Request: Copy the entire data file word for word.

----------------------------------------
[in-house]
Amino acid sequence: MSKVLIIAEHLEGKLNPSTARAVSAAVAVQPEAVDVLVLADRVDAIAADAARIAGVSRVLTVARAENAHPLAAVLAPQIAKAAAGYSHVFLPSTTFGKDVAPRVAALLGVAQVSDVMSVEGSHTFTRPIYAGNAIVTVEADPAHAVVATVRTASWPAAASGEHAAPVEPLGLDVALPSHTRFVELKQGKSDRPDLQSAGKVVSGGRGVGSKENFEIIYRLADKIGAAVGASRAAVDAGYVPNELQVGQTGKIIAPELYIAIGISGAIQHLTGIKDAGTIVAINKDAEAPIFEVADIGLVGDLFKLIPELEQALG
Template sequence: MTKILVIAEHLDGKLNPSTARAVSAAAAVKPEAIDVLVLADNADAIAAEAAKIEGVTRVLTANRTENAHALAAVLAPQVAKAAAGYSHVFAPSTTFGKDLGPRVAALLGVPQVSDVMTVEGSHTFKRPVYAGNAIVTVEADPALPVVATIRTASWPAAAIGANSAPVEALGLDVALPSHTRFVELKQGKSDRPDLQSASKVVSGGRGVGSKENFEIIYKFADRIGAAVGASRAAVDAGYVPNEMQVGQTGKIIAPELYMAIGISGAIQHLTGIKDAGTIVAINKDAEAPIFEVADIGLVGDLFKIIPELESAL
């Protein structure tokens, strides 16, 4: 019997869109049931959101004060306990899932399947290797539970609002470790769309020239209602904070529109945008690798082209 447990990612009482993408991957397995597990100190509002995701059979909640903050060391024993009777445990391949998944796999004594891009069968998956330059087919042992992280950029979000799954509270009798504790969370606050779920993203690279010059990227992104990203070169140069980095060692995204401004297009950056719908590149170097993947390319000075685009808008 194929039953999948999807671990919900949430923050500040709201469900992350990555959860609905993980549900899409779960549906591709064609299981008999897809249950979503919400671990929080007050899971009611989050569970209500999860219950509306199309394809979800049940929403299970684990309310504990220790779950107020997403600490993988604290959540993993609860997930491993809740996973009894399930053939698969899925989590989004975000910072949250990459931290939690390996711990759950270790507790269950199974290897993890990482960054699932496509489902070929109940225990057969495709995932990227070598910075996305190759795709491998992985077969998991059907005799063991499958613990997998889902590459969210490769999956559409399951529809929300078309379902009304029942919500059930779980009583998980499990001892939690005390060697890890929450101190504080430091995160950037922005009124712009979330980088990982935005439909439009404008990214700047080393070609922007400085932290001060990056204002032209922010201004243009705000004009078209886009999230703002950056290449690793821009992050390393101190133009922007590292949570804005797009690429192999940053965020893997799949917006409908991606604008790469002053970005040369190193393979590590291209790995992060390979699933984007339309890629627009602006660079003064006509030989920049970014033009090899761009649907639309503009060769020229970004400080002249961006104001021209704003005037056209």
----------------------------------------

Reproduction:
[in-house]
Amino acid sequence: MSKVLIIAEHLEGKLNPSTARAVSAAVAVQPEAVDVLVLADRVDAIAADAARIAGVSRVLTVARAENAHPLAAVLAPQIAKAAAGYSHVFLPSTTFGKDVAPRVAALLGVAQVSDVMSVEGSHTFTRPIYAGNAIVTVEADPAHAVVATVRTASWPAAASGEHAAPVEPLGLDVALPSHTRFVELKQGKSDRPDLQSAGKVVSGGRGVGSKENFEIIYRLADKIGAAVGASRAAVDAGYVPNELQVGQTGKIIAPELYIAIGISGAIQHLTGIKDAGTIVAINKDAEAPIFEVADIGLVGDLFKLIPELEQALG
Template sequence: MTKILVIAEHLDGKLNPSTARAVSAAAAVKPEAIDVLVLADNADAIAAEAAKIEGVTRVLTANRTENAHALAAVLAPQVAKAAAGYSHVFAPSTTFGKDLGPRVAALLGVPQVSDVMTVEGSHTFKRPVYAGNAIVTVEADPALPVVATIRTASWPAAAIGANSAPVEALGLDVALPSHTRFVELKQGKSDRPDLQSASKVVSGGRGVGSKENFEIIYKFADRIGAAVGASRAAVDAGYVPNEMQVGQTGKIIAPELYMAIGISGAIQHLTGIKDAGTIVAINKDAEAPIFEVADIGLVGDLFKIIPELESAL
């Protein structure tokens, strides 16, 4: 019997869109049931959101004060306990899932399947290797539970609002470790769309020239209602904070529109945008690798082209 447990990612009482993408991957397995597990100190509002995701059979909640903050060391024993009777445990391949998944796999004594891009069968998956330059087919042992992280950029979000799954509270009798504790969370606050779920993203690279010059990227992104990203070169140069980095060692995204401004297009950056719908590149170097993947390319000075685009808008 194929039953999948999807671990919900949430923050500040709201469900992350990555959860609905993980549900899409779960549906591709064609299981008999897809249950979503919400671990929080007050899971009611989050569970209500999860219950509306199309394809979800049940929403299970684990309310504990220790779950107020997403600490993988604290959540993993609860997930491993809740996973009894399930053939698969899925989590989004975000910072949250990459931290939690390996711990759950270790507790269950199974290897993890990482960054699932496509489902070929109940225990057969495709995932990227070598910075996305190759795709491998992985077969998991059907005799063991499958613990997998889902590459969210490769999956559409399951529809929300078309379902009304029942919500059930779980009583998980499990001892939690005390060697890890929450101190504080430091995160950037922005009124712009979330980088990982935005439909439009404008990214700047080393070609922007400085932290001060990056204002032209922010201004243009705000004009078209886009999230703002950056290449690793821009992050390393101190133009922007590292949570804005797009690429192999940053965020893997799949917006409908991606604008790469002053970005040369190193393979590590291209790995992060390979699933984007339309890629627009602006660079003064006509030989920049970014033009090899761009649907639309503009060769020229970004400080002249961006104001021209704003005037056209």